Slave to the Nap

Tuesday, January 30, 2007

Neil's Tax Refund Wish List

Tax time is exciting for me. I always file as soon as possible because my taxes are not complex and I usually get a refund. Needless to say, I am getting cash back this year so that means it's time to shop! I've made a list of things to buy, mostly tech upgrades and all sorely deserved. Here's what I have so far:
  • AppleCare for MacLappy: normally I wouldn't buy an extended warranty but after one near-miss handling MacLappy I'm thinking an extra two years of warranty coverage isn't such a bad idea. Probably should get one for the iPod as well as I dropped it today at work. D'oh!
  • Memory upgrade: two weeks with the new machine has convinced me that 512mb is not enough.
  • New cell phone: I can't stand my current Motorola, a warranty replacement that Alltel pushed on me when my first LG died. The final straw was when I found out the stupid thing "guesses" on the Caller ID. For example, one time I dialed a number thinking that I didn't have it programmed into the address book. The phone dials and the screen reads "Calling: X" because the number was in my phone book. But I dialed the wrong number. I know because some stranger's voice mail answered. 30 minutes later, the phone rings and the Caller ID says "X Calling". It's the stranger I called earlier asking who the hell I am and why am I calling him. Apparently my Moto checks the address book and if the phone number is close to one of the entries, well then by god that's that's the number. This type of artificial intelligence is not acceptable.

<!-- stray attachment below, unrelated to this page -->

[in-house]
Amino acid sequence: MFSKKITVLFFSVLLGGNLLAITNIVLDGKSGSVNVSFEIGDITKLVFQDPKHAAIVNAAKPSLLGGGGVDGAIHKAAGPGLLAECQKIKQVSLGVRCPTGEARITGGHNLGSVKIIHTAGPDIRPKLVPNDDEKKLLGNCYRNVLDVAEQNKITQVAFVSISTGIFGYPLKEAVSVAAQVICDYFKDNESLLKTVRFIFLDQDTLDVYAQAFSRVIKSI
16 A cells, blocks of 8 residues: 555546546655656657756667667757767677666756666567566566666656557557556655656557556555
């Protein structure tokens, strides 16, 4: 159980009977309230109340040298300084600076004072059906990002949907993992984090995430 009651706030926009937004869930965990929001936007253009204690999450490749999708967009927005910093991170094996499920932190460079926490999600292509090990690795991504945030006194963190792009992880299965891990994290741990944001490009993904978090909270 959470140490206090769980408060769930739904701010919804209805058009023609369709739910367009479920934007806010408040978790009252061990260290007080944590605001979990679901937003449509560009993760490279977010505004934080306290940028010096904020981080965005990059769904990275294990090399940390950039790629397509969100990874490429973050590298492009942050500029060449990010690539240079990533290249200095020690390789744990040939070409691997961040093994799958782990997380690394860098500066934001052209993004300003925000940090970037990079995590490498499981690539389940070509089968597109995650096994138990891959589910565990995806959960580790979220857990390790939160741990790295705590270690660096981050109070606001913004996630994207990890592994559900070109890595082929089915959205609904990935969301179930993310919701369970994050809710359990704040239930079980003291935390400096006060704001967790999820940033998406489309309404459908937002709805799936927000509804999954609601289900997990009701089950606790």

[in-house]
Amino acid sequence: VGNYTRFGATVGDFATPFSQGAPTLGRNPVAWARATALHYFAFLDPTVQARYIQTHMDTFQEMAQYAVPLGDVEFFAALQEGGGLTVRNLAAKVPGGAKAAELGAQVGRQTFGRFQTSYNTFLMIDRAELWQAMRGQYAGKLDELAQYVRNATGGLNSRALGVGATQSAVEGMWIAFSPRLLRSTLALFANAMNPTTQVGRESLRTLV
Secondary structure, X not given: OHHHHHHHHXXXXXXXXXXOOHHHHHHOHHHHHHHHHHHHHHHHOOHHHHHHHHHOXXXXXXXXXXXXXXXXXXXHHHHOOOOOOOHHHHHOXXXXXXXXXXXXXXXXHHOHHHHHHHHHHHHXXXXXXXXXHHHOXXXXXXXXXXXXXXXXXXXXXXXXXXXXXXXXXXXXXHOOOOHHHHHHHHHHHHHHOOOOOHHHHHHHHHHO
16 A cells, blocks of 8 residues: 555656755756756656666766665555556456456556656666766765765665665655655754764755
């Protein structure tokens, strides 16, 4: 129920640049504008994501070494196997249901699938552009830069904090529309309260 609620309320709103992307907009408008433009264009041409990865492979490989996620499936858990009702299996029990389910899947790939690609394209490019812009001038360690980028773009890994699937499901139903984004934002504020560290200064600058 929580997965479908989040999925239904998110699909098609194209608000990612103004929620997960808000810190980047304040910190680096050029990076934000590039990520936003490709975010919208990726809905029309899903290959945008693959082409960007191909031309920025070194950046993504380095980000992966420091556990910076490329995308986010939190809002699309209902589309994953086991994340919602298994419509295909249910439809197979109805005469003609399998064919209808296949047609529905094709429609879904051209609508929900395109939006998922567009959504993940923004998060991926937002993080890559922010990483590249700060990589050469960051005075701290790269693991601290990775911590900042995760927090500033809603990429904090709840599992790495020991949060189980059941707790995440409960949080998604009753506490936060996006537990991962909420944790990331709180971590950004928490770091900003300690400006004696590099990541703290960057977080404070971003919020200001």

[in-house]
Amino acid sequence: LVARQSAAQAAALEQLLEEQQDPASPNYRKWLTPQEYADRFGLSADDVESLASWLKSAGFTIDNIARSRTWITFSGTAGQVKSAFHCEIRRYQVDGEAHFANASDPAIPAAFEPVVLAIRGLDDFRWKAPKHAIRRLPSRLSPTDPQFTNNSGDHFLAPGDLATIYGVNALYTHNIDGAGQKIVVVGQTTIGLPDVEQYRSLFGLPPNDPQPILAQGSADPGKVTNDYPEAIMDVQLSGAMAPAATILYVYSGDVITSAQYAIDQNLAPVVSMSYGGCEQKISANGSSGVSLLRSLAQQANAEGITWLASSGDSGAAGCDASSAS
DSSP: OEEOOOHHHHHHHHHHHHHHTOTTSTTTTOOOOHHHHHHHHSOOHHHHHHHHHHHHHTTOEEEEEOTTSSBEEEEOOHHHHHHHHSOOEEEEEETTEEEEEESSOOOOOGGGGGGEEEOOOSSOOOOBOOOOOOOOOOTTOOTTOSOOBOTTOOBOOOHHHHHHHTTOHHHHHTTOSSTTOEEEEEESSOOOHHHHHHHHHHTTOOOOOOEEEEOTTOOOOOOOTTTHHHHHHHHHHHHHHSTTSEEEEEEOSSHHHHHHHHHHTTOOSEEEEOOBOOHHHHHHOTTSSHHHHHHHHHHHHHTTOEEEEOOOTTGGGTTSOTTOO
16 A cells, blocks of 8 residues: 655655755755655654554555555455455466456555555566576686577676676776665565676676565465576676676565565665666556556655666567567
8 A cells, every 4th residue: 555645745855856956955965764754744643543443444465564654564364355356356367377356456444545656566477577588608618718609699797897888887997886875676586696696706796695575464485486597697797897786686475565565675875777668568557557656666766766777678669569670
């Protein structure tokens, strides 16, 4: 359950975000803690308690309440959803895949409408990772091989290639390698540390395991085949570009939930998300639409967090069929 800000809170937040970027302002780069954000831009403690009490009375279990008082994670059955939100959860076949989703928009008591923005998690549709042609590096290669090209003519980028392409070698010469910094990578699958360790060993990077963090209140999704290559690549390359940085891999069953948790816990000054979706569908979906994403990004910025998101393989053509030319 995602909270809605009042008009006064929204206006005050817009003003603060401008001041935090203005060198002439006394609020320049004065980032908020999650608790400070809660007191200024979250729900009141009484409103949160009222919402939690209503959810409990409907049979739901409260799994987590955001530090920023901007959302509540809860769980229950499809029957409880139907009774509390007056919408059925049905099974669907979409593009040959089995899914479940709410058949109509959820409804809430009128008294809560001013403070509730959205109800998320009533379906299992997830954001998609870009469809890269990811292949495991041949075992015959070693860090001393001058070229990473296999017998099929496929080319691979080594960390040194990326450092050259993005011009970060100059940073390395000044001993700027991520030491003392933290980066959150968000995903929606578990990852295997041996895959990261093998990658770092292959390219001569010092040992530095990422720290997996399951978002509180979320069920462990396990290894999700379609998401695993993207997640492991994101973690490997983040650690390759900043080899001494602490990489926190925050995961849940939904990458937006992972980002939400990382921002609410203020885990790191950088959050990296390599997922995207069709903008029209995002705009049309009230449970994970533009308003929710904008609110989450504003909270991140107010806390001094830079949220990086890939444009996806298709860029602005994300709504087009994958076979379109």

• Griffin iMic: not sure why I put this down, but for $40 might as well see how it works. And if it makes podcasting easier, even better.

Sunday, January 28, 2007

Say hello to MacLappy


Oh MacLappy - how you complete me!

I finally decided to get with the program and buy a new laptop. I figured this would be a good time before Mac OS X 10.5 comes out this summer. Much as I love my old eMac (rechristened "Big Mac"), the days of the PowerPC chip are waning. Intel Core Duo is the future!